Why Occupy Kankakee Matters
It’s important to note right away that I have a full time job (I’m a public school teacher, working in the very urban Kankakee school district). I also have health insurance for my entire family (the premium of which consumes $400 of our month income, and still leaves us with an additional $30 co-pay anytime we visit a doctor). All bills in our household are current; my wife and I are both current on our student loans (which collectively drain $450 dollars from our monthly incomes). We have no cable bill. We maintain few material desires. If we use a credit card, it’s done so responsibly, and we maintain no or low balances. We eat healthy (we’re vegetarians) and we’re happy to spend our fiscal resources on organic and small batch foods. We don’t have much to show after our monthly expenses are met, but we float, and sustaining ourselves is currently more important that hording money. Therefore I’m not involved in the occupation because I need a job. I don’t need health insurance. I’m not asking for the government to pay back my student loans. Instead, I’m involved because I’ve learned and had enough. An emergent class of pirates has taken over the American nation. Pirates have been voted into Congress. Pirates have gained control of the regulatory agencies. Armies of pirate lobbyist flood the federal and state capitals. Pirates are stationed outside our collective taxpayer’s bank account. Pirates readily loot our fiscal treasure. Pirates pillage their way across America state by state, and at our expense, pirates rape and pollute our common resources to build their own personal fortunes. There have always pirates—greedy, self-serving people—for as long as there have been people. The American system was designed to keep the pirates at bay. But the system failed. The pirates have gained control. And now I’m done with them.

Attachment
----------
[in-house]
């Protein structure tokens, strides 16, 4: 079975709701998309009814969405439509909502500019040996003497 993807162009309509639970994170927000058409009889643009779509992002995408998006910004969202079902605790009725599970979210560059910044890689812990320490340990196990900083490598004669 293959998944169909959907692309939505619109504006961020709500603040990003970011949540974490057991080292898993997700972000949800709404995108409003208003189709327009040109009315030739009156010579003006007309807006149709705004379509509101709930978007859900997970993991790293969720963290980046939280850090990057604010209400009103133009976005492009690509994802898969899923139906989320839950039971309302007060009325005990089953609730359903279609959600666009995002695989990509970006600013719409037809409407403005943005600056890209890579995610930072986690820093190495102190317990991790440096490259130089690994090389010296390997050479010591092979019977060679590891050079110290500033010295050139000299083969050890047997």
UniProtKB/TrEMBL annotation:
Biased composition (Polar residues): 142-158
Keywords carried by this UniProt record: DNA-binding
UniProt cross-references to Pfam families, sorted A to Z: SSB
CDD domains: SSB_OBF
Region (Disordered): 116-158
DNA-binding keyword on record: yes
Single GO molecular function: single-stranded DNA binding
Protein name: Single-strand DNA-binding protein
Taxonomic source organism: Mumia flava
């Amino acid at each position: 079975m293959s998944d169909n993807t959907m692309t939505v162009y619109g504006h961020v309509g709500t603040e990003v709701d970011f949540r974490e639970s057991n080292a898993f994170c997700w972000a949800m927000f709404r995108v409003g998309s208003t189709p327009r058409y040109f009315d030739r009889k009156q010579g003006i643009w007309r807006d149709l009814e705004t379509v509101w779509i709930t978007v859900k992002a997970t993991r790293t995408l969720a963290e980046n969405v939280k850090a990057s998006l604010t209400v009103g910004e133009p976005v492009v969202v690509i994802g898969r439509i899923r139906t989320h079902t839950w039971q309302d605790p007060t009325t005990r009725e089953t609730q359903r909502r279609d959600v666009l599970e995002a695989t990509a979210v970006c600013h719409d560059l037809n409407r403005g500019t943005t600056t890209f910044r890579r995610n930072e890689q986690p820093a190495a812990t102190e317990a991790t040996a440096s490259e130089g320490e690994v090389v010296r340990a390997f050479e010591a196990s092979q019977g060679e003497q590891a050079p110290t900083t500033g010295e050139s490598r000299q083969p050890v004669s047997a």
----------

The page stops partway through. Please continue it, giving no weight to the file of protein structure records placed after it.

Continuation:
I learned about Occupy Wall Street on September 17, 2011. That’s the day people first officially gathered in New York’s Zuccotti Park. The movement was actually the inspiration of a group of Canadian activists from Adbusters, which describes itself as “a global network of artists, activists, writers, pranksters, students, educators and entrepreneurs who want to advance the new social activist movement of the information age.” I’ve read about and followed the occupation since day one. Interesting, I thought. First there was the Arab spring. Now there’s the American late-summer. And they started the movement outside the very gates of the problem. Where will it go?
The occupation went forward. Tens of thousands of independent, previously disconnected people suddenly found that they shared feelings similar to the New York occupiers. Occupations appeared in Oakland, Seattle, Raleigh, Chicago and scores of smaller cities. And I found myself to be one of those people who shared those feelings of collective frustration.